The workaround is to download the family version and, before the 30 day period ends, turn off the recurring billing. Then you can switch back to Microsoft 365 Personal. Like many software trials, you will need to provide a credit card first.
Summary & Comparison Table
|Microsoft 365 (Personal)||Microsoft 365 (Family)||Office Home & Student 2019|
|Number of Profiles||1||2-6||1|
|Number of Devices||5||Unlimited||1|
(Classic 2019 versions)
|Price||$69.99 (Yearly) or $6.99 (monthly)||$99.99 (Yearly) or $9.99 (monthly)||$149|
|Free Trial||Yes, but you'll need to downgrade||30 Day||No|
|Subscription||Renews yearly or monthly||Renews yearly or monthly||No.|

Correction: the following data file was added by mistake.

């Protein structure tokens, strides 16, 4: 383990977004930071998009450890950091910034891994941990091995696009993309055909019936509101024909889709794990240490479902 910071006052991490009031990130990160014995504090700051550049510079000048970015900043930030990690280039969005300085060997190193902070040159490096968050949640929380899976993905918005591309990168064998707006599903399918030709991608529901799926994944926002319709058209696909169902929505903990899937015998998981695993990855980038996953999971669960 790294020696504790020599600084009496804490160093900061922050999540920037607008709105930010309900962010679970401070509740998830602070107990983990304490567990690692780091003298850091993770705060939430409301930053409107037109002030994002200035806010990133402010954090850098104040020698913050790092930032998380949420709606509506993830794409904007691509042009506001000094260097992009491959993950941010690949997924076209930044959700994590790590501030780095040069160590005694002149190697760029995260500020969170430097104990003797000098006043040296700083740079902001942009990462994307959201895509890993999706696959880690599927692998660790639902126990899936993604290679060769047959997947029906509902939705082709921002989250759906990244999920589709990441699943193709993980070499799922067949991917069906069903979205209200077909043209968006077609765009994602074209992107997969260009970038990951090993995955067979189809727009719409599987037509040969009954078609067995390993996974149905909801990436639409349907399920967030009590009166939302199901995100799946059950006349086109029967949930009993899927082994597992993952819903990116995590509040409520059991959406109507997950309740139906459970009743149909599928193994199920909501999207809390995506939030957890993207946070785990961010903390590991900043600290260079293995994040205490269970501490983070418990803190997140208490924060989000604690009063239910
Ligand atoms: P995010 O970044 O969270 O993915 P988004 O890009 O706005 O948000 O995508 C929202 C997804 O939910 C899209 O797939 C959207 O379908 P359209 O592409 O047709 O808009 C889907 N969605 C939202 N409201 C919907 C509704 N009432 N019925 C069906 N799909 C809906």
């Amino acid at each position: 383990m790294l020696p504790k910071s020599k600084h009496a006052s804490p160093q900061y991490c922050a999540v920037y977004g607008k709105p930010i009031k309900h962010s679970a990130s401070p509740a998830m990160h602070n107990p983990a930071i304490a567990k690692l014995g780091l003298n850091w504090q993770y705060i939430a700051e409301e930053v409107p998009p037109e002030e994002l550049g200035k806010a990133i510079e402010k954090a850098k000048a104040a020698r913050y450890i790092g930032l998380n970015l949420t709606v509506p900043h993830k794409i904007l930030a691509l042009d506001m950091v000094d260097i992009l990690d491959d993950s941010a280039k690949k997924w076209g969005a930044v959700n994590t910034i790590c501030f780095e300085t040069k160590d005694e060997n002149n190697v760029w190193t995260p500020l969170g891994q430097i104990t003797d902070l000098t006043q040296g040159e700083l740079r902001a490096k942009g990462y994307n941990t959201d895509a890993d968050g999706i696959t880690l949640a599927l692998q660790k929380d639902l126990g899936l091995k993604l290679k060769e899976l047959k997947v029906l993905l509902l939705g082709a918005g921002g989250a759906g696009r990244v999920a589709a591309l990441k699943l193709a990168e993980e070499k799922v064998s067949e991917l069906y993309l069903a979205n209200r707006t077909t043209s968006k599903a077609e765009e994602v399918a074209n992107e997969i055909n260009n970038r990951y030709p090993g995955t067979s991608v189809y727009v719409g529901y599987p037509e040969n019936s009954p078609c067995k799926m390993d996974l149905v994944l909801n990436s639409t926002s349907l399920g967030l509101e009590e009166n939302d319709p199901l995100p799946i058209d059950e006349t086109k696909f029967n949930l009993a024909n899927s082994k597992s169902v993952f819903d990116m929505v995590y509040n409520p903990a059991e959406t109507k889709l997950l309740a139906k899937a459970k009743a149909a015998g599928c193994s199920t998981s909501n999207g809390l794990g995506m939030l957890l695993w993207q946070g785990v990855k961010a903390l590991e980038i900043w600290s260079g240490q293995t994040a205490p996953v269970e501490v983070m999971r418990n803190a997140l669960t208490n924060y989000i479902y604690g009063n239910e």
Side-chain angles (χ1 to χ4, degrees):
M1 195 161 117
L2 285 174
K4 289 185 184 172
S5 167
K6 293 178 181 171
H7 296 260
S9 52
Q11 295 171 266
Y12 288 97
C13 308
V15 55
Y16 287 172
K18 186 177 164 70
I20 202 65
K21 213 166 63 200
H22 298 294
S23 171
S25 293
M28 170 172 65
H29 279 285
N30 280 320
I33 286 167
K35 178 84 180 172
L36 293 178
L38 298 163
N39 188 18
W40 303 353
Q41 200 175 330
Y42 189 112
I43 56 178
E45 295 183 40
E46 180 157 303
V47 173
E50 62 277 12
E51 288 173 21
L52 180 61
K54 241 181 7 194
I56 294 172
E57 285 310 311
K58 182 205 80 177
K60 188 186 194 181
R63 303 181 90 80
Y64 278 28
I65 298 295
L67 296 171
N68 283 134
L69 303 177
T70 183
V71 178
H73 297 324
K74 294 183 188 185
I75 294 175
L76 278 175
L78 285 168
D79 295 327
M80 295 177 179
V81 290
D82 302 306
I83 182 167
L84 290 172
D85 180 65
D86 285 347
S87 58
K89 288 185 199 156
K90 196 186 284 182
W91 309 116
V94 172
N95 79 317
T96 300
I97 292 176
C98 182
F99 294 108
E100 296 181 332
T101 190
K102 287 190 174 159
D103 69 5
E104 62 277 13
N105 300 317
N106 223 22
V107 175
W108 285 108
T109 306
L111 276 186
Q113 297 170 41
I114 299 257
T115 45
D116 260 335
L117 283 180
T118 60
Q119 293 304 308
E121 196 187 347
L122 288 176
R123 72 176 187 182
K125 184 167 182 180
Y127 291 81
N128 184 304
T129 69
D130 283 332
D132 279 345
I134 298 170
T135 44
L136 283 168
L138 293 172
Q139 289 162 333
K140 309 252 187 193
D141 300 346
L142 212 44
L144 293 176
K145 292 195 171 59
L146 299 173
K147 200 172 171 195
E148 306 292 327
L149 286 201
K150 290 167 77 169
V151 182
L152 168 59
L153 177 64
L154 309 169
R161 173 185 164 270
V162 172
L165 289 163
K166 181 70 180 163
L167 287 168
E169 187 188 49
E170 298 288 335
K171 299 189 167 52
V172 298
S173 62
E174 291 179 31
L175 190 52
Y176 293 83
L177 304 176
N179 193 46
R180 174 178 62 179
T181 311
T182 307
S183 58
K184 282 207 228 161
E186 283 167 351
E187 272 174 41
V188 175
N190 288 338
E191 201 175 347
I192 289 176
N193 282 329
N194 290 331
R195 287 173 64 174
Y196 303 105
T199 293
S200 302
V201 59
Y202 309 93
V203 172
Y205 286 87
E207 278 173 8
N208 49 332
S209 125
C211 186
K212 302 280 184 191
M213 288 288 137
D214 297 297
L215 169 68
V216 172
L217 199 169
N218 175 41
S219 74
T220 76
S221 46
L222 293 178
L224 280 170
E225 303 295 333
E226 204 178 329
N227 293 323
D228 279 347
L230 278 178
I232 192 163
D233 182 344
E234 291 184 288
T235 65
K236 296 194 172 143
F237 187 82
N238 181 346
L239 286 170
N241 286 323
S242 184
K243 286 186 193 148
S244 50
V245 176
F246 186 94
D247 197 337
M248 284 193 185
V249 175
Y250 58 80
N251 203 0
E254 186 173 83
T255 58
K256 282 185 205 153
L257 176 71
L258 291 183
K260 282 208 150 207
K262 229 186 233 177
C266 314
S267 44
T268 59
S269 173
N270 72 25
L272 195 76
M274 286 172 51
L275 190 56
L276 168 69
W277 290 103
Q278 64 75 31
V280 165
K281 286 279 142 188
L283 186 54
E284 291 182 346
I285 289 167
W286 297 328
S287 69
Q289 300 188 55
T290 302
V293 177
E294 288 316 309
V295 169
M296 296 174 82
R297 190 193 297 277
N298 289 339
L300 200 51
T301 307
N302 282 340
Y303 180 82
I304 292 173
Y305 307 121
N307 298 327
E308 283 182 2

|Support||24/7 tech support||24/7 tech support||60 Day support, then basic coverage|
The different Microsoft Office versions and plans have unique benefits and drawbacks. However, they each present the same basic software but work well for different people.
If your whole family uses the Office suite heavily for home and work, consider getting the Microsoft 365 Family plan. On the other hand, if you’re the only one using the full gambit of features, consider the Microsoft 365 Personal plan.
If you’re a student or someone who needs the absolute basics for daily work, you might consider Office Home and Student 2019. If you don’t mind working online with limited features, the free plan may work well for your personal or business uses.
The choice really comes down to which products you use, how you use them, and how often you use them. Hopefully, armed with the knowledge of each plan’s key features and drawbacks, you can choose the one that’s right for you.